Oculus - Fall 2011 - (Page 37)

last words LETTER FROM THE EXECUTIVE DIRECTOR Off-Center T Bell, left of the Center at 532 LaGuardia Place. Occasion is thus of the greatest importance in regard to every production; indeed, it is this which essentially decides the question regarding its true aesthetic value… A creation is a production from nothing; the occasion is, however, the nothing from which everything comes. —Søren Kierkegaard in Either/Or, 1843 Ecstasy affords the occasion and expediency determines the form. —Marianne Moore in “The Past is the Present,” 1917 That psychedelic doors-of-perceptionstyle illustration, a long-haired man walking a street made patchwork from two different (and spurious) architectural styles, from the shadows of which watched eyes. —China Miéville in The City & The City, 2009 he Center for Architecture opened its doors on October 7, 2003, with a 16-hour-long mara- thon “Design In,” featuring 80 speakers and one microphone. T e space was so new that the lectern was not on hand, and speakers stood behind a beautiful steel sculpture created in the upstate barn of artist Julie Dermansky. T at day we also opened three exhibitions on planning, members’ work, and Olympic Summer Game building types. Since then we have off ered 160 exhibitions and approximately 8,000 events, most for continuingeducation credit. T e AIA New York Chapter’s Center for Architecture is the vehicle by which we promote design excellence through exhibitions, professional development by programs, and political advocacy using our enhanced visibility and civic engagement. T e Center is showcase, classroom, and soapbox. Somewhere along the line, we noticed that the Center, which seemed so large compared with our sixth-fl oor showroom at 200 Lexington Avenue, had gotten smaller. Or perhaps the programming, exhibitions, training, and special events had grown beyond all expectations, as had the activities for children and their parents at the Center for Architecture Foundation. So when the adjacent storefront to the south became available, we rented it. (As Yogi Berra said, “When you come to a fork in the road, take it.”) T e space at 532 LaGuardia Place is in a fi ve-story 1850s building graced by cast-iron columns and a 9- by 16-foot rear garden. T e expansion is daunting, as the space has become familiar to the NYC design community as well as to visitors from around the world. Do we need more meeting space for members and partner organizations? Do we need a diff erent type of program and exhibition space? Can member/staff interaction be improved and unanticipated needs be addressed? In an organization of almost 5,000 architects and designers, there is no dearth of ideas and no lack of creativity. T e Chapter’s Premises Committee, originally chaired in 2003 by the late Margaret Helfand, FAIA, has been resurrected. Led by Mary Burke, AIA, who also serves on the advi- sory group of the AIA National Interiors Knowledge Community, the Committee has entertained numerous suggestions and reached out to many in the design and construction industries. Comparable spaces have been studied, includ- ing design centers from Anchorage to Lima, and those in Copenhagen, London, and Paris. New AIA Centers for Architecture have opened since 2003 in Austin, Columbus, Dallas, Houston, New Orleans, Philadelphia, Richmond, San Antonio, and San Francisco. And ideas that animate similar types of space have been considered. My personal favorite was the offi ce space in Tel Aviv, designed by Edit Riſt in, which included a full gymnasium and boxing ring. Do we have room for a gym at the Center for Architecture – or even more interior bicycle parking? Is a bookstore/café in the offi ng, following the lead of Van Alen Books? For the time being, in the lingering economic downturn, frugality and simplicity are the credo. While we may aspire to the enhanced street identity of a multi-building neighborhood anchor such as Zabar’s or J&R Music World, the fact is that we are giving ourselves the same advice that many architects share with their clients: If you build it, they will come – but let’s watch the bottom line, and make sure the HVAC is environmentally appropriate. As Jim Bouton wrote in Foul Ball, “A good plan without money is better than a bad plan with money.” T ere is a logic to the ideal of gradual, incremental extension that, on LaGuardia Place, has been fueled by opportunity. At the Center for Architecture, the balance will shiſt slightly off -center, slightly downtown towards Lower Manhattan. T e growth changes the potential for how the combined space of 536 and 532 LaGuardia Place is used, how it is seen, and, more importantly, what it means. Expansion in tough times is a gesture of optimism, a symbol of not only the importance of the profession, but of its resilience and street smarts. Architects design for the long haul, for the future. T e street front has gotten longer, and the future is now. Rick Bell, FAIA Executive Director, AIA New York Chapter Interior Motives: Activity & Growth Fall 2011 Oculus 37 ©Emily Nemens http://www.naylornetwork.com/arc-nxt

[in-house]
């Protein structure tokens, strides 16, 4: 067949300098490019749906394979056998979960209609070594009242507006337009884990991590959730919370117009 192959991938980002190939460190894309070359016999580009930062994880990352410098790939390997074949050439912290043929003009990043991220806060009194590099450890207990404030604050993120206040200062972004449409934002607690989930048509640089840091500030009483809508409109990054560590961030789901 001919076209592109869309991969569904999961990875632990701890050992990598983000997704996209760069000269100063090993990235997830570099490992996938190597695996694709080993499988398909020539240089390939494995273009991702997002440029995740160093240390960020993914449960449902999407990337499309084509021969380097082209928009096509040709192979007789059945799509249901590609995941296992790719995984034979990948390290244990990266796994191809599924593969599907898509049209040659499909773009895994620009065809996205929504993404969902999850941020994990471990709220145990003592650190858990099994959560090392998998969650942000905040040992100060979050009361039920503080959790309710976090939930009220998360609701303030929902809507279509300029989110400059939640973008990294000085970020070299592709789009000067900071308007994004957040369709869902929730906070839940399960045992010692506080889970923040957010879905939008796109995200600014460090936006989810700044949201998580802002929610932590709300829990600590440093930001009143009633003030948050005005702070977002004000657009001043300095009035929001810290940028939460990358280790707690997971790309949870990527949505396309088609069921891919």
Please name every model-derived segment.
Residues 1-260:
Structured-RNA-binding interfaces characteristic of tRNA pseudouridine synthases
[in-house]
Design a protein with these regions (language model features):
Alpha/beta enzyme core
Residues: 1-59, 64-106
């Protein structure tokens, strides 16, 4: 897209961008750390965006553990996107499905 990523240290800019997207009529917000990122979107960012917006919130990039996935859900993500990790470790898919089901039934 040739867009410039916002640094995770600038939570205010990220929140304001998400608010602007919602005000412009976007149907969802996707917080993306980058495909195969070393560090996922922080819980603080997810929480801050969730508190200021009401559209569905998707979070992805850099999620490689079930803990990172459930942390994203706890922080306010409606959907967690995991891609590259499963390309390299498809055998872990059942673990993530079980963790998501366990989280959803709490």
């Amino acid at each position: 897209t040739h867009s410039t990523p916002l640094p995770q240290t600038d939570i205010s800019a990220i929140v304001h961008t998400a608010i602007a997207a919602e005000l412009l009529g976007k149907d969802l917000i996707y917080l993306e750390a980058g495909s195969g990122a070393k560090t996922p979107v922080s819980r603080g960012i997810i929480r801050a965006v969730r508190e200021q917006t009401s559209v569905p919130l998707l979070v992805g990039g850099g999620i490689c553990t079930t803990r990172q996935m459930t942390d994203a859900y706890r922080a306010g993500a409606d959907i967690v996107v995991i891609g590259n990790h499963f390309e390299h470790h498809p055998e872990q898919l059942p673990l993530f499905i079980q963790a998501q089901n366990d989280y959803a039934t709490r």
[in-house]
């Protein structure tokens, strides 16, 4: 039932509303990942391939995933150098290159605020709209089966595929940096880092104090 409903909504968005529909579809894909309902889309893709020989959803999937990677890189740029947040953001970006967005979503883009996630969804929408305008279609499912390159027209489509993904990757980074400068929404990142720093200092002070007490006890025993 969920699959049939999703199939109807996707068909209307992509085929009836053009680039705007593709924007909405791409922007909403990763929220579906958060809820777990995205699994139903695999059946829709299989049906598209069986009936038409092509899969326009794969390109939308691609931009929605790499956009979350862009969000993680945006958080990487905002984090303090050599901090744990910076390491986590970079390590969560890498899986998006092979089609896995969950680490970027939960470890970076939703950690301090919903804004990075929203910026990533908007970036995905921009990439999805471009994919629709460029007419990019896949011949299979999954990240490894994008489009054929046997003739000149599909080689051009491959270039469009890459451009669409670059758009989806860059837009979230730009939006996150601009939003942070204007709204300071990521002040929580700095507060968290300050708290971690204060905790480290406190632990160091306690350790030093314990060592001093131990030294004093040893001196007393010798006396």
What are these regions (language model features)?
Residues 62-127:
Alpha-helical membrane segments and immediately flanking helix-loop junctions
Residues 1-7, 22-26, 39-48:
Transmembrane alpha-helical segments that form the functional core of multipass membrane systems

Table of Contents for the Digital Edition of Oculus - Fall 2011

First Words
A Word from the Editor
Center for Architecture
One Block Over
Opener: The New Office Space
Small Spaces, Transforming Results
Redesigned Practice
The Lure of Pop-ups
A Giant, Hardly Sleeping: Pro Bono Sector
In Print
57-Year Watch
Last Words
Index to Advertisers

Oculus - Fall 2011